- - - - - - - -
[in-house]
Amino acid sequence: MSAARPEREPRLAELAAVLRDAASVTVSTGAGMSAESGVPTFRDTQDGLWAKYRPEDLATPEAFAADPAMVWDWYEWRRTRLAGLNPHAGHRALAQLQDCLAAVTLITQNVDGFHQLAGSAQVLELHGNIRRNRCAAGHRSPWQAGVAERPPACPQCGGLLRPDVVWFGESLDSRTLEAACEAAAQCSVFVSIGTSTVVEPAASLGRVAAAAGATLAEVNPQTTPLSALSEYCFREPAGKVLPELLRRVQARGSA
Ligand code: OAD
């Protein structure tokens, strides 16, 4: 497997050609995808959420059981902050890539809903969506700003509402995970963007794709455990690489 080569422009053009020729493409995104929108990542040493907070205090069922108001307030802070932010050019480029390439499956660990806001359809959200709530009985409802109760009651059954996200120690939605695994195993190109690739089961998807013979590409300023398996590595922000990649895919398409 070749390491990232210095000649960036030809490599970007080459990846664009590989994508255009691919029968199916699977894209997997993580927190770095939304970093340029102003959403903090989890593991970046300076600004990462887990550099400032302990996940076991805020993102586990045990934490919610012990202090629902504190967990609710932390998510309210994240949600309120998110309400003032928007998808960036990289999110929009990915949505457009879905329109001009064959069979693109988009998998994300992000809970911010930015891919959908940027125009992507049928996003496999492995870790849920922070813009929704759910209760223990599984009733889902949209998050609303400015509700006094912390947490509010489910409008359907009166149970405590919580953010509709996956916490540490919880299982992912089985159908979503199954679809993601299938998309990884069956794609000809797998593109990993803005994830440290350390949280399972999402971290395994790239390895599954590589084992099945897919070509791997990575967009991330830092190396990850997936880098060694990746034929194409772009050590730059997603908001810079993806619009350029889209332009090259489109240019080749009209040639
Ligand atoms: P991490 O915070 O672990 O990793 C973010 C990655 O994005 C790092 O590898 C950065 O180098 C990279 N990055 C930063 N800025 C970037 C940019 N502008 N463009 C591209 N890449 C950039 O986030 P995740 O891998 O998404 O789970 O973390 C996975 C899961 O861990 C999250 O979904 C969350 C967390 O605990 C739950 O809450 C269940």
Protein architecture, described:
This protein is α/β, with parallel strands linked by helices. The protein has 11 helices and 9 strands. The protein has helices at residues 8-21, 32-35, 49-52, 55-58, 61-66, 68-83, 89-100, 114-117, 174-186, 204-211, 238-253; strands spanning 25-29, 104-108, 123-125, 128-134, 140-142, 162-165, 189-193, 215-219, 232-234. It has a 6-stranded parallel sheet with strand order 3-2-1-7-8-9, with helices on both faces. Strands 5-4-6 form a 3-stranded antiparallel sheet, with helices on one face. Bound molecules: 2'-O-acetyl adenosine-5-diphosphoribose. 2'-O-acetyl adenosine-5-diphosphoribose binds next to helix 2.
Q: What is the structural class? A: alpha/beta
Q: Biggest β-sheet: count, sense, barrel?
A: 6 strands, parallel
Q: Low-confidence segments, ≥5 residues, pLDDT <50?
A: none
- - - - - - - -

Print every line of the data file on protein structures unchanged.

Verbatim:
[in-house]
Amino acid sequence: MSAARPEREPRLAELAAVLRDAASVTVSTGAGMSAESGVPTFRDTQDGLWAKYRPEDLATPEAFAADPAMVWDWYEWRRTRLAGLNPHAGHRALAQLQDCLAAVTLITQNVDGFHQLAGSAQVLELHGNIRRNRCAAGHRSPWQAGVAERPPACPQCGGLLRPDVVWFGESLDSRTLEAACEAAAQCSVFVSIGTSTVVEPAASLGRVAAAAGATLAEVNPQTTPLSALSEYCFREPAGKVLPELLRRVQARGSA
Ligand code: OAD
């Protein structure tokens, strides 16, 4: 497997050609995808959420059981902050890539809903969506700003509402995970963007794709455990690489 080569422009053009020729493409995104929108990542040493907070205090069922108001307030802070932010050019480029390439499956660990806001359809959200709530009985409802109760009651059954996200120690939605695994195993190109690739089961998807013979590409300023398996590595922000990649895919398409 070749390491990232210095000649960036030809490599970007080459990846664009590989994508255009691919029968199916699977894209997997993580927190770095939304970093340029102003959403903090989890593991970046300076600004990462887990550099400032302990996940076991805020993102586990045990934490919610012990202090629902504190967990609710932390998510309210994240949600309120998110309400003032928007998808960036990289999110929009990915949505457009879905329109001009064959069979693109988009998998994300992000809970911010930015891919959908940027125009992507049928996003496999492995870790849920922070813009929704759910209760223990599984009733889902949209998050609303400015509700006094912390947490509010489910409008359907009166149970405590919580953010509709996956916490540490919880299982992912089985159908979503199954679809993601299938998309990884069956794609000809797998593109990993803005994830440290350390949280399972999402971290395994790239390895599954590589084992099945897919070509791997990575967009991330830092190396990850997936880098060694990746034929194409772009050590730059997603908001810079993806619009350029889209332009090259489109240019080749009209040639
Ligand atoms: P991490 O915070 O672990 O990793 C973010 C990655 O994005 C790092 O590898 C950065 O180098 C990279 N990055 C930063 N800025 C970037 C940019 N502008 N463009 C591209 N890449 C950039 O986030 P995740 O891998 O998404 O789970 O973390 C996975 C899961 O861990 C999250 O979904 C969350 C967390 O605990 C739950 O809450 C269940």
Protein architecture, described:
This protein is α/β, with parallel strands linked by helices. The protein has 11 helices and 9 strands. The protein has helices at residues 8-21, 32-35, 49-52, 55-58, 61-66, 68-83, 89-100, 114-117, 174-186, 204-211, 238-253; strands spanning 25-29, 104-108, 123-125, 128-134, 140-142, 162-165, 189-193, 215-219, 232-234. It has a 6-stranded parallel sheet with strand order 3-2-1-7-8-9, with helices on both faces. Strands 5-4-6 form a 3-stranded antiparallel sheet, with helices on one face. Bound molecules: 2'-O-acetyl adenosine-5-diphosphoribose. 2'-O-acetyl adenosine-5-diphosphoribose binds next to helix 2.
Q: What is the structural class? A: alpha/beta
Q: Biggest β-sheet: count, sense, barrel?
A: 6 strands, parallel
Q: Low-confidence segments, ≥5 residues, pLDDT <50?
A: none